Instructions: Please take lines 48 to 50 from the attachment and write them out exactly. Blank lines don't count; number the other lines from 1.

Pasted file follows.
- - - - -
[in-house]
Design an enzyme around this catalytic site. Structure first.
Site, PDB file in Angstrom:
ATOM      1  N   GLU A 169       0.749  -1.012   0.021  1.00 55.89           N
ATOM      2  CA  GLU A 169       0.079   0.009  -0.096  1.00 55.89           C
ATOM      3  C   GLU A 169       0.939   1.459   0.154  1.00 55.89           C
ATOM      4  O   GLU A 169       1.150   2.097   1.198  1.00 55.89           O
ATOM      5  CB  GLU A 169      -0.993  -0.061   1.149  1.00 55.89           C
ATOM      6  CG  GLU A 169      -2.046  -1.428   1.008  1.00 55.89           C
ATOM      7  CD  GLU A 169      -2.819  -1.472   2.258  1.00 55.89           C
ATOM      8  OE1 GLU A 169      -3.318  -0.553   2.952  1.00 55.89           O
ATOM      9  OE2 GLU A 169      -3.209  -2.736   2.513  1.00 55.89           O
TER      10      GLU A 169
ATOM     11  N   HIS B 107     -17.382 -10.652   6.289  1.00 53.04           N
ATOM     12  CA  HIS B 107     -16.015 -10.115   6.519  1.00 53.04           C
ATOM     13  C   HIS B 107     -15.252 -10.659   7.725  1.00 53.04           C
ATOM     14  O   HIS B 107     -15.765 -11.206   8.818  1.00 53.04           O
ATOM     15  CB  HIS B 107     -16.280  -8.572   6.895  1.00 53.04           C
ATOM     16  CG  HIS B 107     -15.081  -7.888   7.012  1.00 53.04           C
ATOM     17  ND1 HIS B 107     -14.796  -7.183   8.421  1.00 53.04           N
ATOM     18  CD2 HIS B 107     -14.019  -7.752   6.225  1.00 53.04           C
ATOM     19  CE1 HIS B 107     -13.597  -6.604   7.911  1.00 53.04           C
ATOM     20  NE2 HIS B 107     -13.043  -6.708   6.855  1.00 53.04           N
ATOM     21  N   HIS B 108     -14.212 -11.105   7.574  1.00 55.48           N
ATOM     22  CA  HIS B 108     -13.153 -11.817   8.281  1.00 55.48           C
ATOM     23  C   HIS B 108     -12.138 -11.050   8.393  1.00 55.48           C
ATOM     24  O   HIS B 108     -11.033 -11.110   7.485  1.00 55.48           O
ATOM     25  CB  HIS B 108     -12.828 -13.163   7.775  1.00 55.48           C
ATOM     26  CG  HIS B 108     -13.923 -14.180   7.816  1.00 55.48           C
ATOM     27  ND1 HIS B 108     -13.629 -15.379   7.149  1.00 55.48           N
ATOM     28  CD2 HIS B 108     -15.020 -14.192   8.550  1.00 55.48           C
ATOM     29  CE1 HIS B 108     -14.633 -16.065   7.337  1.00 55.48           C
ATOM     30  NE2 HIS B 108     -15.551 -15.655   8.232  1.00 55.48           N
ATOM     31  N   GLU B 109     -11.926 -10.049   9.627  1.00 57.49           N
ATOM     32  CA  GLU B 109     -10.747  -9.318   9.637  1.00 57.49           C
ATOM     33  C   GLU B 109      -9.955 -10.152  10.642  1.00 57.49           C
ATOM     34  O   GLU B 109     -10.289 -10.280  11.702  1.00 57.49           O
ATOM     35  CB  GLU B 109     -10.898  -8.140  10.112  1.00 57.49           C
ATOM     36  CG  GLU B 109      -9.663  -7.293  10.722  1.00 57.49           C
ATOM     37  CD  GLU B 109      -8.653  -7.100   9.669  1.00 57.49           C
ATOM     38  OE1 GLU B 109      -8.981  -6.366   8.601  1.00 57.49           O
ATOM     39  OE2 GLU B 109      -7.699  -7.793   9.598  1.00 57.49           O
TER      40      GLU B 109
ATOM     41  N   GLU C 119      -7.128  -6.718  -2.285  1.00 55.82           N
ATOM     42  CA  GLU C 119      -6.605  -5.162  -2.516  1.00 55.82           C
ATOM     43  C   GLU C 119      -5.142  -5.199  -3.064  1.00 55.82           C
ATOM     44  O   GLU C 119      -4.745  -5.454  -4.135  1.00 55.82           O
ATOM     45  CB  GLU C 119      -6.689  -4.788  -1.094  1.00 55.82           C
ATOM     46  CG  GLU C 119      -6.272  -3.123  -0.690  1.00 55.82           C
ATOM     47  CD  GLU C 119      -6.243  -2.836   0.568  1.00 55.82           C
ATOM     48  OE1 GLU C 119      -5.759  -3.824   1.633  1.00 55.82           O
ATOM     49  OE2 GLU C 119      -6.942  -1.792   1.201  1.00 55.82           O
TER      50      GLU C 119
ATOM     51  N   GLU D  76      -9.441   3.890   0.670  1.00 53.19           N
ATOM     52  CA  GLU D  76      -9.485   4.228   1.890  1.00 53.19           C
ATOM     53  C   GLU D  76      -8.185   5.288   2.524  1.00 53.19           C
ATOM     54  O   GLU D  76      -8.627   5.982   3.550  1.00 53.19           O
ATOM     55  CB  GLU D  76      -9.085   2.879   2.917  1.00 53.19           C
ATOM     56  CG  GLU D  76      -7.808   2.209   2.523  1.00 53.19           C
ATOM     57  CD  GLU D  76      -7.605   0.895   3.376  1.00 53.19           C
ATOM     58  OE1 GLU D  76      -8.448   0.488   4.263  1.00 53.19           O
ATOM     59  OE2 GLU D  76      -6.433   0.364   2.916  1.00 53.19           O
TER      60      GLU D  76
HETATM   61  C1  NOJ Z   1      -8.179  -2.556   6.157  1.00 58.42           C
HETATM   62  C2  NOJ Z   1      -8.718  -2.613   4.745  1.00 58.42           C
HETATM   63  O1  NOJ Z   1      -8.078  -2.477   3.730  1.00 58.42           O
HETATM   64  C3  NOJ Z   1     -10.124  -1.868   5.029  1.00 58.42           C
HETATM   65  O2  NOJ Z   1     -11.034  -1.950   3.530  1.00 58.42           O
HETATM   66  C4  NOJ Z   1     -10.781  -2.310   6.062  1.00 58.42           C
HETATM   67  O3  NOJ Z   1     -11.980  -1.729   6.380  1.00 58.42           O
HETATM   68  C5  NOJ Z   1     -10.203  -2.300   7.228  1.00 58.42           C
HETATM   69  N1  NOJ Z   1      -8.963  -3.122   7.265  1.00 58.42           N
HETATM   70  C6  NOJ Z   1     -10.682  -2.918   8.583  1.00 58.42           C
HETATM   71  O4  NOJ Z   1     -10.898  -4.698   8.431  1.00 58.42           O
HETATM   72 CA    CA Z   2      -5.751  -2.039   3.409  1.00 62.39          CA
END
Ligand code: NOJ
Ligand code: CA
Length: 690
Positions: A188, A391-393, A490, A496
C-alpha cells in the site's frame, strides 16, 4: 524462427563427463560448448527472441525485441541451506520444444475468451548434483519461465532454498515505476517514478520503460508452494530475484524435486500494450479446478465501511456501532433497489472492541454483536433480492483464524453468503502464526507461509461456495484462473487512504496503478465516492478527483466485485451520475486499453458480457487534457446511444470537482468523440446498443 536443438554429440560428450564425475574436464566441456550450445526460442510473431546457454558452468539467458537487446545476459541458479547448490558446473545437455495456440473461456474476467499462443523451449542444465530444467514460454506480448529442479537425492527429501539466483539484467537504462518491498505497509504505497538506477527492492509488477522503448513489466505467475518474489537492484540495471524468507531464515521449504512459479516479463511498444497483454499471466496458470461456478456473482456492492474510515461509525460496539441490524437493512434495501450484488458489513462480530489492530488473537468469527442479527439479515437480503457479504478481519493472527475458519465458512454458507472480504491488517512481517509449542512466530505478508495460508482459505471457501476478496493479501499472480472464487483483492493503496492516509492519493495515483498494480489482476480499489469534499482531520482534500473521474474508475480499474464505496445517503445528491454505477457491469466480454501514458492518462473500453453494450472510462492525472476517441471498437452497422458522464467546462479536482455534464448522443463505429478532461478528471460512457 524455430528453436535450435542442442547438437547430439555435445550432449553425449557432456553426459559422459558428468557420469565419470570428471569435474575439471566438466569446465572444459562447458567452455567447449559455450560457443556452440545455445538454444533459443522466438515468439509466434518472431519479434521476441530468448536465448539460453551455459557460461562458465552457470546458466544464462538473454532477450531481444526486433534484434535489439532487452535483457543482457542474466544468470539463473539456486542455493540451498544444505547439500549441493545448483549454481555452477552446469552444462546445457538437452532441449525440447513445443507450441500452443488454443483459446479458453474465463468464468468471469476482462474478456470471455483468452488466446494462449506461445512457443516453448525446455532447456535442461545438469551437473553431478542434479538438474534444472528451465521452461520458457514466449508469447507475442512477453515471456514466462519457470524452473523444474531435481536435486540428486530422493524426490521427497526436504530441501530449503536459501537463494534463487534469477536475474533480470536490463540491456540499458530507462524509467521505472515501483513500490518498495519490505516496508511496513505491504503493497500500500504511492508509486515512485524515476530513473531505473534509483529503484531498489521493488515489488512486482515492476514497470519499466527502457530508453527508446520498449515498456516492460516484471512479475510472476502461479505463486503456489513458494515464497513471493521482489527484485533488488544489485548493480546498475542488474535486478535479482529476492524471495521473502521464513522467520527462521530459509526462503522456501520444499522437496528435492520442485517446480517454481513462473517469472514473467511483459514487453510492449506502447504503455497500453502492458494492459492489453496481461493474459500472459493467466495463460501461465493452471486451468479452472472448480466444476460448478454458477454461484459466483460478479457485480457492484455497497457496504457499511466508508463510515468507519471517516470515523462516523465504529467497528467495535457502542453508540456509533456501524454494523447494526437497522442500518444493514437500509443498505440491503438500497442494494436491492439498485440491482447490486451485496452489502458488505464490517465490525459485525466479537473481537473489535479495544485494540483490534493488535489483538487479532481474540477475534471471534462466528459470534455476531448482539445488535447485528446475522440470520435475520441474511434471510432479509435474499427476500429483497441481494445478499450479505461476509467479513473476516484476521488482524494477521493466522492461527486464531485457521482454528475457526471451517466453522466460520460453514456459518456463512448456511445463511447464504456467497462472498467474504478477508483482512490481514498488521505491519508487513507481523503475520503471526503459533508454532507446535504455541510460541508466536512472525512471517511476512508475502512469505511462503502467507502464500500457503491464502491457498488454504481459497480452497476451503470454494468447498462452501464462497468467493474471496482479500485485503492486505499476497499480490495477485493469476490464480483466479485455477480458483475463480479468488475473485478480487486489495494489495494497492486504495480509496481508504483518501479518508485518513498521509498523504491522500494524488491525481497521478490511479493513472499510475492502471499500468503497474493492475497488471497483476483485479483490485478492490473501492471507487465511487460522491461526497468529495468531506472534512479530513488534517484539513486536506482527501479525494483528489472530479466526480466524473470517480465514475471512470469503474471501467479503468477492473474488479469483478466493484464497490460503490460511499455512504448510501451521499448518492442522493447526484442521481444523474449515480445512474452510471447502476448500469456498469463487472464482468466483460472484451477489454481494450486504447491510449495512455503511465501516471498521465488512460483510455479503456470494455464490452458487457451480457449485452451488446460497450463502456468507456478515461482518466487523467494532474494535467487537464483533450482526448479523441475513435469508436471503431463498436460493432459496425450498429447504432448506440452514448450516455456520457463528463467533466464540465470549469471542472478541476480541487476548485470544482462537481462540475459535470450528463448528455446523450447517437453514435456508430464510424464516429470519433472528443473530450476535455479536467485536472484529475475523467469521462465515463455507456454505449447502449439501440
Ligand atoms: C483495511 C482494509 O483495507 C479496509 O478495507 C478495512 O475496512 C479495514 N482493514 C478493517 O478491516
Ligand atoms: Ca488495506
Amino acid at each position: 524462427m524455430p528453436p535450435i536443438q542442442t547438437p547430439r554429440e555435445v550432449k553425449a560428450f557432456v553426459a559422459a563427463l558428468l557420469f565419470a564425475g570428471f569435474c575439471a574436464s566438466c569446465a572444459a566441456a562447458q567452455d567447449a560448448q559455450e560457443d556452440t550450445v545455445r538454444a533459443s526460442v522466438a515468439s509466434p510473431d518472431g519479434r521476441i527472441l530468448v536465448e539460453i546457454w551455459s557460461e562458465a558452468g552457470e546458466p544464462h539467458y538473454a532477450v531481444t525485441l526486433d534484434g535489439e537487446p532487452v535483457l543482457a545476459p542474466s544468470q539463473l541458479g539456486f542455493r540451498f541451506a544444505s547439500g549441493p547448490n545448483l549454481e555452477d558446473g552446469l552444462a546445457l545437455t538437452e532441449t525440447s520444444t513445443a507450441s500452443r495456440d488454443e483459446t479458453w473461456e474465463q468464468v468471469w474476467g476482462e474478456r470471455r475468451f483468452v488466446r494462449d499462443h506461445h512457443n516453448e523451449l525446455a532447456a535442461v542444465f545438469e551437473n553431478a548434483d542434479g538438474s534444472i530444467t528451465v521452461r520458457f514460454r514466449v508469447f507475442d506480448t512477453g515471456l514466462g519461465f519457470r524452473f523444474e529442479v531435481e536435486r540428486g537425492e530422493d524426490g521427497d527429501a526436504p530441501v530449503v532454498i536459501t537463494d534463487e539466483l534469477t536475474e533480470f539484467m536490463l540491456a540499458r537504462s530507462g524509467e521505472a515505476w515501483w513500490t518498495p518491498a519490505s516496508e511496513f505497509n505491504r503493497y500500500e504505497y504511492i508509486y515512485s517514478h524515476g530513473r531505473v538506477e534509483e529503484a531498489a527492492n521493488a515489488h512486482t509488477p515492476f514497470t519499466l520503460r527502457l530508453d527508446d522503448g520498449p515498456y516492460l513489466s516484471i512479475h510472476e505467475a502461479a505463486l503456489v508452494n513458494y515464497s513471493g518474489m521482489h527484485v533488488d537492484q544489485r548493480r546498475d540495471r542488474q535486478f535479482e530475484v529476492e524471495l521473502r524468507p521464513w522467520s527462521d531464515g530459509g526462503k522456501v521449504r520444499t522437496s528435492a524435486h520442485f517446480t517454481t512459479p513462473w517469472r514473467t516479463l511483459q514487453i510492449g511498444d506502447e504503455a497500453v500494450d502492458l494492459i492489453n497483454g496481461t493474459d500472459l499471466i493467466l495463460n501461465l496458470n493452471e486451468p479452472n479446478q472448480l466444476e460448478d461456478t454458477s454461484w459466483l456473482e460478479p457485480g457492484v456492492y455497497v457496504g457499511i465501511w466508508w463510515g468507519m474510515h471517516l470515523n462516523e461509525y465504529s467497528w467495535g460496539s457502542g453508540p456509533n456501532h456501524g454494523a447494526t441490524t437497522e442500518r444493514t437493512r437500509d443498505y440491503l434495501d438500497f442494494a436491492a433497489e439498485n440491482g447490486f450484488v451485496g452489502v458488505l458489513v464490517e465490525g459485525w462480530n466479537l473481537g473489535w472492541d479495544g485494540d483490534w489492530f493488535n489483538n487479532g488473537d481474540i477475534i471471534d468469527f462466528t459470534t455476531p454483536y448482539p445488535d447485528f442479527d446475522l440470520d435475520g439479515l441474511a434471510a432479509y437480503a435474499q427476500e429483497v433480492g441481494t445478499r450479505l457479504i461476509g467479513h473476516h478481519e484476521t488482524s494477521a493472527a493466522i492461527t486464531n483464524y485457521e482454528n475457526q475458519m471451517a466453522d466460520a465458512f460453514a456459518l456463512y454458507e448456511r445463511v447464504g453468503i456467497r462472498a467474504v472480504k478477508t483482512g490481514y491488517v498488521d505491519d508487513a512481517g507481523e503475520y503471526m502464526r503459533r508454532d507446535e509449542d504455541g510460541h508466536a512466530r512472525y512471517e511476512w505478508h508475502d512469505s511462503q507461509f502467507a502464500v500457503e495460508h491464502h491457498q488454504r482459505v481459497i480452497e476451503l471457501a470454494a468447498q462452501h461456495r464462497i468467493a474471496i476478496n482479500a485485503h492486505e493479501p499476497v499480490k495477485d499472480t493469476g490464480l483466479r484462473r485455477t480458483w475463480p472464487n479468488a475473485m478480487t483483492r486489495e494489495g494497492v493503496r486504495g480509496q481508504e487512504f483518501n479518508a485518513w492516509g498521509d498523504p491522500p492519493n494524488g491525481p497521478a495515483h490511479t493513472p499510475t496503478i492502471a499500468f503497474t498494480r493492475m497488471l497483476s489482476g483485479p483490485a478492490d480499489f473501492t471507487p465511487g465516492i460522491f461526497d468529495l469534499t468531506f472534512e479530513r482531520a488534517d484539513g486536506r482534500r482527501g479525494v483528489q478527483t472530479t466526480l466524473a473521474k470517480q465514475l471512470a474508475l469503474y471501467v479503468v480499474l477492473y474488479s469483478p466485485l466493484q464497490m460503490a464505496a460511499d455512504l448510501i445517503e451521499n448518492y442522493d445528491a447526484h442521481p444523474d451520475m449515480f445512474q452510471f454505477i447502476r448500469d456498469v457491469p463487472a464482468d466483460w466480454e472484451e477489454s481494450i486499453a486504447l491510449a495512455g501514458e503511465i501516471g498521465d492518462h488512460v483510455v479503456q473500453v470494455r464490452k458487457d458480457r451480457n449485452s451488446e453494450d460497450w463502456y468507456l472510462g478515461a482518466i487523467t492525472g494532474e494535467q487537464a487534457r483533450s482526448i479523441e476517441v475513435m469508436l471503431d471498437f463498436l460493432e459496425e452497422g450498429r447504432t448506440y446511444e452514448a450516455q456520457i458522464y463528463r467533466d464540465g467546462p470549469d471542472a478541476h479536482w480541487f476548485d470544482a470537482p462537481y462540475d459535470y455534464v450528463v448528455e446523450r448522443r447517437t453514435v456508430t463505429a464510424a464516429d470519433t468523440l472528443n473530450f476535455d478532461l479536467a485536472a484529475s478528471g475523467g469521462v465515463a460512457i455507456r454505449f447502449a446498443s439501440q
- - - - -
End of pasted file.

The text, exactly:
ATOM     45  CB  GLU C 119      -6.689  -4.788  -1.094  1.00 55.82           C
ATOM     46  CG  GLU C 119      -6.272  -3.123  -0.690  1.00 55.82           C
ATOM     47  CD  GLU C 119      -6.243  -2.836   0.568  1.00 55.82           C